- Buyers from China have surpassed Canadians, Europeans, Mexicans and Middle Eastern homebuyers as the top overseas purchasers of home in the United States.
- According to the Realtor data, 76 percent of Chinese buyers pay cash.
- In the past four quarters, massive capital outflows from China have exceeded $450 billion.
Editor’s Note: This is the first in a two-part series on international buyers in the U.S. housing market. The first article will take a close look at the leading overseas purchaser of U.S. properties — Chinese buyers.
In the 5,000 years of China’s history, never have so many Chinese quietly moved so much money out of the country at such a fast pace. Nowhere is that Sino capital flight more prevalent than the U.S. residential real estate market, where billions are rapidly pouring into the American dream.
From New York to Los Angeles, China’s nouveau riche are going on a house-hunting shopping spree.
This year, for the first time since the National Association of Realtors has tracked foreign buyers of U.S. real estate, buyers from China have surpassed Canadians, Europeans, Mexicans and Middle Eastern homebuyers as the top overseas purchasers of home in the United States.
China’s rise to the top has been nothing but remarkable. Chinese investment in U.S. residential real estate has grown from a measly $50 million in 2000 to an eye-popping $28.6 billion in the year ending in March 2015. That’s an increase of 72 percent from a year earlier — double the amount spent a year earlier — that surpassed all other foreign buyers.
Chinese buyers made up 16 percent of international buyers. Canadians made up 14 percent of overseas buyers. Mexican buyers ranked third, accounting for 9 percent of foreign buyers.
NAR reports that overseas homebuyers spent a record $104 billion buying U.S. homes this past year (ending in March 2015), with Chinese buyers leading the pack. In the 2014 survey, foreigners spent $92 billion on U.S. homes over a 12-month period, up 35 percent from a year earlier.
Chinese buyers are now the biggest international buyers of U.S. real estate in terms of dollar volume, total units and average price paid, the Realtor group reports. According to the Realtor data, 76 percent of Chinese buyers pay cash.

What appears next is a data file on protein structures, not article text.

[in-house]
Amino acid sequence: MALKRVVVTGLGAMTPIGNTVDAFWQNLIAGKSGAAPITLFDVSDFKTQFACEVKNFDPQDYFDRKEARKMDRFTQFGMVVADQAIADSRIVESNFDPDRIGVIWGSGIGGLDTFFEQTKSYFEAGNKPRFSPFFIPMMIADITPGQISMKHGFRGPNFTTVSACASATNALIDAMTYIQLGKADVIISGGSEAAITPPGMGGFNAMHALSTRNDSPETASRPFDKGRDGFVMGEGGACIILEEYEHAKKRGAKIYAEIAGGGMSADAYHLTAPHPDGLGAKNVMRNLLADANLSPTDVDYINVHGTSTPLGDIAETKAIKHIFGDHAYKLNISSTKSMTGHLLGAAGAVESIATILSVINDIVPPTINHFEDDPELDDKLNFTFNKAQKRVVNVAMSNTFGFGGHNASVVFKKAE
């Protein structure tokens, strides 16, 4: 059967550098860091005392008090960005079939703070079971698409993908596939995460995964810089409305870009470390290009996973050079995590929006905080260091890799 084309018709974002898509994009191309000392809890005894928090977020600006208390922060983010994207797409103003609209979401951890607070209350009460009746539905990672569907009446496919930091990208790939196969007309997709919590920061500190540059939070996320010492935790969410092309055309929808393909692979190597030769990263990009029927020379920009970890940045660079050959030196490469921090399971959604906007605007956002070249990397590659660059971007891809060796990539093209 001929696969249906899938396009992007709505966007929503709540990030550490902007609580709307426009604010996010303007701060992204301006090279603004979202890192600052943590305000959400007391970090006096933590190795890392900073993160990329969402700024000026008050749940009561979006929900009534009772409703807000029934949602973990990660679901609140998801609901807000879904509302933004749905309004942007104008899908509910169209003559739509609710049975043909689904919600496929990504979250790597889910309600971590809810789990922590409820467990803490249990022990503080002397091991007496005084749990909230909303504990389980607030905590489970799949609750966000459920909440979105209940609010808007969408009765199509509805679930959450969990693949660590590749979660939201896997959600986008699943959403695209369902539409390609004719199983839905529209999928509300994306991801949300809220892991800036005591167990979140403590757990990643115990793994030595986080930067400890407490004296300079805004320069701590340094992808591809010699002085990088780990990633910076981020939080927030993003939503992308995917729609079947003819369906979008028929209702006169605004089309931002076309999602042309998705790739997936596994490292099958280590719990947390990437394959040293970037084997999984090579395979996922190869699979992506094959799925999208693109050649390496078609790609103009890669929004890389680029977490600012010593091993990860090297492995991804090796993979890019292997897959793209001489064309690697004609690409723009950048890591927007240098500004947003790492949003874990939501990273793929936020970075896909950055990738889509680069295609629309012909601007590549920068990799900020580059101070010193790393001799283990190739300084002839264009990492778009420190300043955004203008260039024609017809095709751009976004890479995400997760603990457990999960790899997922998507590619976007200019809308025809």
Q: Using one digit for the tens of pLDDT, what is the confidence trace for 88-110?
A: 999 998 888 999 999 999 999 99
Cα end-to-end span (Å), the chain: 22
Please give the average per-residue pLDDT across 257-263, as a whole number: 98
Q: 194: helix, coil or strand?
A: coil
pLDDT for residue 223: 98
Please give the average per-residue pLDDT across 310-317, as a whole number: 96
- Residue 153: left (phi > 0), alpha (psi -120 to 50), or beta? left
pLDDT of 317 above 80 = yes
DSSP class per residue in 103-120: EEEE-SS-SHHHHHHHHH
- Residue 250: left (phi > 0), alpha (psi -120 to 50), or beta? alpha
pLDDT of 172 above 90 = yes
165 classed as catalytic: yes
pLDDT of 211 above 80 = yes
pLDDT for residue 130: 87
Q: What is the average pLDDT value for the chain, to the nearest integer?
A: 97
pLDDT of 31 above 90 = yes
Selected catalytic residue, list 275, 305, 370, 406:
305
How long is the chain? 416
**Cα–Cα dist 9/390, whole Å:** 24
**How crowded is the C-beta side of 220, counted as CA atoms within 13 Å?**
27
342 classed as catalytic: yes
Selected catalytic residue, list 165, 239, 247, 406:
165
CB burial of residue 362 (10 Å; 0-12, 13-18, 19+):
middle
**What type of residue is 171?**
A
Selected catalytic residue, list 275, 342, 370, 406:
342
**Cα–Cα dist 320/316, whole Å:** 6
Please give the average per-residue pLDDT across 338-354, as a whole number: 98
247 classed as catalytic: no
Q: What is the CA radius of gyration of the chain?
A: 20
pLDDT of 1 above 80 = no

Moreover, international buyers spent, on average, $499,600 on their home purchases compared with the overall U.S. average home price of $255,600. Chinese buyers spend the most, with an average price of $831,800 on their U.S. home purchases.
According to JPMorgan Chase, massive capital outflows from China have exceeded $450 billion in the past four quarters.
William Yu, an economist at the UCLA Anderson Forecast, said political and economic instability in China are growing concerns for wealthy Chinese. He said Chinese investors are hedging their bets to protect their wealth as the Chinese economy and the mainland real estate market shows signs of instability amid a growing anti-corruption campaign launched by Communist Party General Secretary and Chinese President Xi Jinping.
“China’s real estate market has peaked already,” Yu said in a telephone interview. “Their housing bubble has popped. For economic and political reasons, Chinese investors want to protect their wealth by diversifying their assets, buying U.S. real estate and moving money out of the country.”
Yu and other leading China watchers are sounding the alarm about the stability of China’s economy.
One of America’s pre-eminent China experts, David Shambaugh — a professor of political science and international affairs at George Washington University — warned in a recent essay in The Wall Street Journal that the “endgame of Chinese communist rule has now begun” and the Communist Party’s possible “demise is likely to be protracted, messy and violent.”
Shambaugh cited five phenomena to support his thesis; key among them were that China’s wealthy elites are moving their assets overseas and many are fleeing China or planning to do so soon.
In January, Michael Auslin, of the American Enterprise Institute, wrote an editorial in The Wall Street Journal quoting one of America’s most experienced China watchers who said, “I can’t give you a date when it will fall, but China’s Communist Party has entered its endgame.”
“China’s economic elites have one foot out the door, and they are ready to flee en masse if the system really begins to crumble. In 2014, Shanghai’s Hurun Research Institute, which studies China’s wealthy, found that 64 percent of the ‘high net worth individuals’ whom it polled — 393 millionaires and billionaires — were either emigrating or planning to do so.
“Rich Chinese are sending their children to study abroad in record numbers (in itself, an indictment of the quality of the Chinese higher-education system),” Shambaugh said.
Shambaugh, Auslin, Yu and other Sinologists fear that China’s economy is losing momentum — and millions of wealthy Chinese are voting with their feet. Millions more will follow their steps if the economy stumbles with many of them buying U.S. properties. And the NAR survey confirms the rising capital flight.
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Octavio Nuiry is the managing editor of RealtyTrac.